The Future of High Quality Primary Care – Recommendations from the National Academies of Science, Engineering, and Medicine’s 2021 Report

The National Academies of Sciences, Engineering and Medicine provide expert advice on pressing challenges facing the nation and world. They advise and shape policies, inform public opinion, and advance the pursuit of science, engineering, and medicine.

In 1996, NASEM released an initial report on primary care that had strong recommendations for changes that would advance the field, but there was little momentum and action to implement those recommendations in the last twenty five years. The latest report, Implementing High-Quality Primary Care: Rebuilding the Foundation of Health Care, published in July 2021, provides actionable policy and systems-level recommendations to establish sustainable, high quality primary care in the United States. 

The Colorado Academy of Family Physicians and the American Academy of Family Physicians are intentionally engaging their members and partners in reflections on the recommendations and actions to take on a state and national level that will improve primary care and patient health.

Report Overview

Five major objectives were proposed in the report. They are listed below along with suggested actions for implementation. 

Pay for primary care teams to care for people, not doctors to deliver services
  • The report recommends a low burden payment model that enables sustainable, team and relationship-based, high quality, integrated primary care
  • To achieve this, the authors suggest
    1. Payers should evaluate and disseminate payment models based on their ability to promote the delivery of high quality primary care – not their ability to achieve short-term cost savings 
    2. Payers using a Fee For Service (FFS) model for primary care should shift towards a hybrid (part capitation, part FFS) 
    3. Centers for Medicare and Medicaid Services (CMS) should increase the overall portion of spending going to primary care
    4. States should implement primary care payment reform by facilitating multi-payer collaboration and measuring and increasing the portion of spending going to primary care
Ensure that high-quality primary care is available to every individual and family in every community
  • The report recommends that all individuals should have the opportunity to have a usual source of primary care
  • To achieve this, the authors suggest:
    1. Encourage all payers to declare a usual source of primary care annually for members and should assign non-responding enrollees, and practices who treat uninsured individuals assume and track their ongoing clinical relationship
    2. Create new health centers with target sustained investment from the  U.S. Department of Health and Human Services
    3. Revise access standards to primary care in Medicaid population 
    4. Eliminate barriers to primary care access by permanently supporting COVID-era rule revisions
    5. Embed primary care practices within the community by including community members in their governance and practice design and partnering with community-based organizations.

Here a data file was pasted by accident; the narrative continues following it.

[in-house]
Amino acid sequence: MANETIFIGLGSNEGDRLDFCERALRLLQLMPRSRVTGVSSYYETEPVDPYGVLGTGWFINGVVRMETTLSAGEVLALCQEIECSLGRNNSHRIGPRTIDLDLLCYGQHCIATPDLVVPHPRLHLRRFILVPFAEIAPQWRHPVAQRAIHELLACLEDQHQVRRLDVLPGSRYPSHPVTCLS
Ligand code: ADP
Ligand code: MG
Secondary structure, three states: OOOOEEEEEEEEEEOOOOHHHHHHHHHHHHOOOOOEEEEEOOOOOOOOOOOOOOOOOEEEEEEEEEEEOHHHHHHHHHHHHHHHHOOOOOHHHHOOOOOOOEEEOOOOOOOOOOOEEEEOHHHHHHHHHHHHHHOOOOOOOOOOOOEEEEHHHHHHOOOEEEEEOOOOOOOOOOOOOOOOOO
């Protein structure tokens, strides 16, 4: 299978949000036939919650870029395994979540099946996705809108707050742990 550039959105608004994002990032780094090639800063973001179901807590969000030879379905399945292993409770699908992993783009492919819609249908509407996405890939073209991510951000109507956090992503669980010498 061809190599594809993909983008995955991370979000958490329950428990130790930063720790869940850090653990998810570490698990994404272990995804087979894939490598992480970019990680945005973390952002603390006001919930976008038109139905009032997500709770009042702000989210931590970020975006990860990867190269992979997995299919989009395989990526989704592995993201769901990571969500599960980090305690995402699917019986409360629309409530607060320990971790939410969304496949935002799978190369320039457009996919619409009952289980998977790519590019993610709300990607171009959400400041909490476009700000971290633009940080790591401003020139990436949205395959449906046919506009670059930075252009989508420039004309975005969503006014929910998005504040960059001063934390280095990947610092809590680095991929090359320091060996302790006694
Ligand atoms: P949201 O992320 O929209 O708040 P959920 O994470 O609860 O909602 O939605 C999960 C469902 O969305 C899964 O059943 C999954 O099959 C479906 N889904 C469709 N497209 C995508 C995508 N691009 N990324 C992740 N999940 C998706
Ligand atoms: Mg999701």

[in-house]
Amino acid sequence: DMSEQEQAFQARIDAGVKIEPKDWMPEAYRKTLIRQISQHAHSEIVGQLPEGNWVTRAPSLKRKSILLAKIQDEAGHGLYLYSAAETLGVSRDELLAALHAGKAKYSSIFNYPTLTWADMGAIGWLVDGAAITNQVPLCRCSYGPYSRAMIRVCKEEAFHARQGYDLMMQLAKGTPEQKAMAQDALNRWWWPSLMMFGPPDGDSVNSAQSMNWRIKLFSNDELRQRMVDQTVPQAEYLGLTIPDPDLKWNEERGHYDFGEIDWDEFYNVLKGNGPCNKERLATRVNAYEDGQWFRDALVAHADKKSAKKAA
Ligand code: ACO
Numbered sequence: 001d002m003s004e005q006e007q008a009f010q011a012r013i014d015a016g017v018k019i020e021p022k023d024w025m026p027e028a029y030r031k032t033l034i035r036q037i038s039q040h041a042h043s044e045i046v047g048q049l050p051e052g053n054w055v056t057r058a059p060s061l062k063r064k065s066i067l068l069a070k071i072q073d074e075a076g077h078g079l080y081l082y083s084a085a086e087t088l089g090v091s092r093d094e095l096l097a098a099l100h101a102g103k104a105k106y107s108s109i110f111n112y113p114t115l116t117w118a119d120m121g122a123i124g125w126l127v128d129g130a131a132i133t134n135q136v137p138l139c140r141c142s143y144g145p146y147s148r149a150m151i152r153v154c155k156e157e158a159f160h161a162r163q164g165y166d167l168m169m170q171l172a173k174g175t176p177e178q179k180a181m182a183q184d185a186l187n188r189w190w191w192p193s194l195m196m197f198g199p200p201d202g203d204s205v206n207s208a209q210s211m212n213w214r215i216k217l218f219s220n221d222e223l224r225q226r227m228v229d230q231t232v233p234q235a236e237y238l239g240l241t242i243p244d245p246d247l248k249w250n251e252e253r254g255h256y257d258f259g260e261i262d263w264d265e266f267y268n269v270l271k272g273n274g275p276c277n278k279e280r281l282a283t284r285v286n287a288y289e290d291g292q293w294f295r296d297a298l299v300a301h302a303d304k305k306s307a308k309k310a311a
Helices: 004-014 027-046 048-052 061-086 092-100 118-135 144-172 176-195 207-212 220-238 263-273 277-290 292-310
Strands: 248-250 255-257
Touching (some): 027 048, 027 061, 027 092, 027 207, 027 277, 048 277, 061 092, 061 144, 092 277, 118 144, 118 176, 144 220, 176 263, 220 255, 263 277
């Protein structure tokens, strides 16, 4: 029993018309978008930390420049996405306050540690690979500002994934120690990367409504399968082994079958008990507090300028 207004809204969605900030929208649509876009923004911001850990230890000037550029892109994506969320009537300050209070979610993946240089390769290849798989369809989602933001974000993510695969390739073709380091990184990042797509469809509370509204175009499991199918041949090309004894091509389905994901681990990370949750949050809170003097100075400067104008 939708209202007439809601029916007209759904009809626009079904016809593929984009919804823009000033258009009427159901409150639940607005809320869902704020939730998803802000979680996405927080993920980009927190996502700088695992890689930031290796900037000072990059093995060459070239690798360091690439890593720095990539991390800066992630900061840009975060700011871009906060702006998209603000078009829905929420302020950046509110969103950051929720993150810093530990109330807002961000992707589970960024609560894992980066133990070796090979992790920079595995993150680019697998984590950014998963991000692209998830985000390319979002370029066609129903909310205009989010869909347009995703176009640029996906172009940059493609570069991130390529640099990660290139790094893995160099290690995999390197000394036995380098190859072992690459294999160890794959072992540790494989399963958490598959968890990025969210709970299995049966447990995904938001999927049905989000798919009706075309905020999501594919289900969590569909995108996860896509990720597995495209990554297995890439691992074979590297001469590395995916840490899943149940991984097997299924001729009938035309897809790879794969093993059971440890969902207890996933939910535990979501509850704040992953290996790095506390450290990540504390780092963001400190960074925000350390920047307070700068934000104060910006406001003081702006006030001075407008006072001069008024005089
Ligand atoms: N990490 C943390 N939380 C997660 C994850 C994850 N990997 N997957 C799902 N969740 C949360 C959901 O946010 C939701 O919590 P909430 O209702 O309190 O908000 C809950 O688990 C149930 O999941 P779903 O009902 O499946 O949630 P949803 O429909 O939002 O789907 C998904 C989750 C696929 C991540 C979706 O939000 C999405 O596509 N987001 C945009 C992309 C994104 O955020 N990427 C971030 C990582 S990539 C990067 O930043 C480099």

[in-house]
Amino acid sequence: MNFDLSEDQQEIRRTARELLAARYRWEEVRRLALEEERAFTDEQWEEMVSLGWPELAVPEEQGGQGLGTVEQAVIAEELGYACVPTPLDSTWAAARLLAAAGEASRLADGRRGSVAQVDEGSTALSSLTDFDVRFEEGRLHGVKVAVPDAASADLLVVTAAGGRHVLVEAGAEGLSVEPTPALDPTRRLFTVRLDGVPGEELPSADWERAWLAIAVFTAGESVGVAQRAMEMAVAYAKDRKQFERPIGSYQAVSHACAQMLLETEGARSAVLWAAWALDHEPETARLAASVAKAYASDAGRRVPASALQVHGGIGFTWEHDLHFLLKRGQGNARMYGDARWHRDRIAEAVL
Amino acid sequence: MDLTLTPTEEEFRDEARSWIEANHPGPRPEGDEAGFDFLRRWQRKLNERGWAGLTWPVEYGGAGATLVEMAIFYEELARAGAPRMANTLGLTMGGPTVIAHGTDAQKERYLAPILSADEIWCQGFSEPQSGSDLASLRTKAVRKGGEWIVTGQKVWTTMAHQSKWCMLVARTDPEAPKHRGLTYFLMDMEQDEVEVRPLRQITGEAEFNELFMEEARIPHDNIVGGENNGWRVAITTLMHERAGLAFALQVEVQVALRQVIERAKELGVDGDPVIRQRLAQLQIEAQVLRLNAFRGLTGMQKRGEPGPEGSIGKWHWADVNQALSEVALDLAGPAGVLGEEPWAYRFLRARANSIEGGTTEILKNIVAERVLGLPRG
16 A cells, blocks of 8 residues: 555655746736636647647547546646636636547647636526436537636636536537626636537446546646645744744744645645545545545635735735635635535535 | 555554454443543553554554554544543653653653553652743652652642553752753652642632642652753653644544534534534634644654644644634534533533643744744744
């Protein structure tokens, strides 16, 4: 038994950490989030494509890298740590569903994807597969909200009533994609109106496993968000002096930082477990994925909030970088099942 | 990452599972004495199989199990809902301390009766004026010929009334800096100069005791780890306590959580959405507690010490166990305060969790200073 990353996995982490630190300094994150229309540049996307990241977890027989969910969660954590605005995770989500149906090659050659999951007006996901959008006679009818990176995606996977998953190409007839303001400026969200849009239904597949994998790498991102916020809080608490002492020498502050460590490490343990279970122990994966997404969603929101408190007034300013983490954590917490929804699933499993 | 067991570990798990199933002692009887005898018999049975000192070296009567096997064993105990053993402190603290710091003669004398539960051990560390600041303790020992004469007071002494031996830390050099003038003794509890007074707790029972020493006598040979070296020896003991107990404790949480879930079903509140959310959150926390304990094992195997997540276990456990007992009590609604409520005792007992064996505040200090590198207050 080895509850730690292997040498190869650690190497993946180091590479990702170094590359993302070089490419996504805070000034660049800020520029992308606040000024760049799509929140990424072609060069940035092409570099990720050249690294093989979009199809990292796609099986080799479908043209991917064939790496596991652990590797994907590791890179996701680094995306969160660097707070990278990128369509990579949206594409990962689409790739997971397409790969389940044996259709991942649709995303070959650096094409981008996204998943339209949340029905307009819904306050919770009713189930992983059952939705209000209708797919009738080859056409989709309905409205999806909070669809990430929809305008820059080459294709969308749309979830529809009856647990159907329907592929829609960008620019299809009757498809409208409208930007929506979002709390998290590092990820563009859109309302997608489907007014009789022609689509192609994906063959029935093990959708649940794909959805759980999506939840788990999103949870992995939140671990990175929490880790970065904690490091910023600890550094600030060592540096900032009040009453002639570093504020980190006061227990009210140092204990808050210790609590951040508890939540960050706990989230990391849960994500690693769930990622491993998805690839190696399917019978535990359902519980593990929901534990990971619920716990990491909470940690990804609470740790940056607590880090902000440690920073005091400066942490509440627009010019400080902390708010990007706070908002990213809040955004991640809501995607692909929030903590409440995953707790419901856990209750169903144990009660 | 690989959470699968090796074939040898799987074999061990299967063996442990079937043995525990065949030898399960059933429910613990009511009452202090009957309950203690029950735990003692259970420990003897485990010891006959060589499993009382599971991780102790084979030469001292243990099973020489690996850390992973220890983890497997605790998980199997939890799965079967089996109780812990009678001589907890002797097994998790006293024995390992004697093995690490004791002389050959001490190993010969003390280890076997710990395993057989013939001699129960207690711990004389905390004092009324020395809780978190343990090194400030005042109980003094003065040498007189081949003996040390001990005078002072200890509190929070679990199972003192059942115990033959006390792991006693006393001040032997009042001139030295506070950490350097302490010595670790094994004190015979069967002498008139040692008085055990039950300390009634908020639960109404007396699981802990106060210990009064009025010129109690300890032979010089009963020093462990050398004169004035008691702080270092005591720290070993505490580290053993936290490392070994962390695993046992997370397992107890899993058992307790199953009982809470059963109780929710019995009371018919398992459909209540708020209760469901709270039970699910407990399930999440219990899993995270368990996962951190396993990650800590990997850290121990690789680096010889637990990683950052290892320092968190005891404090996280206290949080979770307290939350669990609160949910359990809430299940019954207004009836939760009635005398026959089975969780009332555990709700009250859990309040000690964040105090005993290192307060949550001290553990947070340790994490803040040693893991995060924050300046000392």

Train primary care teams where people live and work
  • The report recommends that interprofessional primary care teams address race- and ethnicity based treatment disparities, their members should reflect the lived experience of the people and families they serve.
  • To achieve this, the authors suggest:
    1. Care teams should reflect the diversity of the communities they serve by  expanding supports and resources to diversify an expanded primary care workforce
    2. Reorganize how funding is deployed to support interprofessional training in community settings and in-patient settings
    3. Redesign the graduate medical education (GME) payment 
Design information technology that serves the patient, family, and interprofessional care team
  • The report recommends a well-designed health information technology (HIT) to make high-quality primary care more accessible, convenient, and efficient for patients, families, and interprofessional care teams
  • To achieve this, the authors suggest:
    1. The Office of the National Coordinator for Health Information Technology (ONC) and CMS should develop the next phase of electronic health record certification standards
    2. ONC and CMS should plan for and adopt a patient data system that acknowledges access issues for populations with hesitancy, privacy concerns, or lack of broadband, to easily access the comprehensive data needed to provide whole-person care. 
Ensure that high-quality primary care is implemented in the United States 
  • The report recommends assigning accountability to objectives and actions
  • To achieve this, the authors suggest:
    1. Establish a Secretary’s Council on Primary Care within the  Secretary of the U.S. Department of Health and Human Services 
    2. Form an Office of Primary Care Research at the National Institutes of Health and prioritize primary care research at Agency for Healthcare Research and Quality
    3. Primary care professional societies, employers, consumer groups and other stakeholders should regularly compile and disseminate a high quality primary care implementation scorecard 

CAFP hosted an overview discussion of the report on September 15 via Zoom. You can watch the recording here

We will be following up on the summary of the report with actionable steps and local take-aways, so stay tuned.